About Shabbat Tzedek

In addition to our year-round commitment to Racial Equity, Diversity, and Inclusion (REDI), each year the Reform Jewish Movement honors the legacy of the late Dr. Martin Luther King Jr. by commemorating the Shabbat nearest to MLK Day as Shabbat Tzedek. On this Shabbat, we remember the life and work of Rev. Dr. Martin Luther King Jr., and celebrate the hard-fought victories of the civil rights movement. It is also a time of reflection and recommitment as our movement renews its efforts in the struggle for racial justice in North America.

In Parashat Va-eira, which sometimes coincides with Shabbat Tzedek, God instructs Moses and Aaron to deliver the Israelites from Egypt. The brothers approach Pharaoh to demand their freedom, but Pharaoh refuses. In response to this cruelty, God unleashes the first of seven plagues upon the Egyptians. In Va-eira, we read about the unrelenting pursuit of justice of our early leaders. Rather than passively accept the unfair treatment of the Israelites, Moses and Aaron directly protest their condition in the halls of power. When their demands are rebuffed, they remain steadfast, and they continue to lobby Pharaoh on behalf of the Jewish people.

While we celebrate the great achievements of the civil rights era, we have no illusions about the progress yet to be achieved. More than 55 years after Dr. Martin Luther King Jr. dreamed of an America that treated all her citizens equally, Black people today still face substantial barriers to achieving full equality and justice.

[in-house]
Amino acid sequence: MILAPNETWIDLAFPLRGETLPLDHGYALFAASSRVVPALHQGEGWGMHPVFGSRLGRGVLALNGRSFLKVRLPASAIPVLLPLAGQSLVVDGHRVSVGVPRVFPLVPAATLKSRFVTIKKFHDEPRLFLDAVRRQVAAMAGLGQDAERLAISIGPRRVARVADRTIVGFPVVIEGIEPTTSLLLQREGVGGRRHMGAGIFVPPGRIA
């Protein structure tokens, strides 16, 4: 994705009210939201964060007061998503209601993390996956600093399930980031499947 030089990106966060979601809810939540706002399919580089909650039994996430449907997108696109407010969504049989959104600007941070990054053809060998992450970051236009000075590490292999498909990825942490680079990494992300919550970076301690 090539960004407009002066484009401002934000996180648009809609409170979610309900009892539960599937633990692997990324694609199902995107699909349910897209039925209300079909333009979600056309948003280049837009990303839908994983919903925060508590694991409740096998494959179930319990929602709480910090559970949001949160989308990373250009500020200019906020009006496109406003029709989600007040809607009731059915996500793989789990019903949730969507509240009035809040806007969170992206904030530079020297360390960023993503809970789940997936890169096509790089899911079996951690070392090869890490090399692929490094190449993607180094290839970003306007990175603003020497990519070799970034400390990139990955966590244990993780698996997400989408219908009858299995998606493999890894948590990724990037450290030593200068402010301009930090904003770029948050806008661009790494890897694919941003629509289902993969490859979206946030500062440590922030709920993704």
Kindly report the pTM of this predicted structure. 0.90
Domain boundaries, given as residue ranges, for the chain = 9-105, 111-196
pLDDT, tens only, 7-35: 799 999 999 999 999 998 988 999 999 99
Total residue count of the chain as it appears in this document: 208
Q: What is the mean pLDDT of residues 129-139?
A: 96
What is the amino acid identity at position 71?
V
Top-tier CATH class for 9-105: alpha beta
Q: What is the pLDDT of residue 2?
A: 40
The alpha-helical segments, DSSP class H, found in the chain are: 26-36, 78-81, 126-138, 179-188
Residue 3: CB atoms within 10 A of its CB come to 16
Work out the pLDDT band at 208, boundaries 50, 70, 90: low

Black men and boys are 2.5 times more likely to die during a police encounter than their white counterparts. Black and Brown people are also more likely to be stopped by police, and those stops are more likely to result in frisks, searches, and arrests than those involving white individuals. And hate crimes have increased in recent years, with crimes motivated by race, ethnicity, or ancestry constituting the majority of hate crimes committed in the U.S., with anti-Black hate crimes accounting for nearly half of racially motivated hate crimes and a plurality of hate crimes across all categories.

As Shabbat Tzedek approaches, please consider incorporating the resources on this page into your Shabbat observance or conversations. All resources can be used both during Shabbat Tzedek and year-round, including programming, lesson plans, Jewish text studies, historical materials, and information about our Jewish commitment to the civil rights issues of today.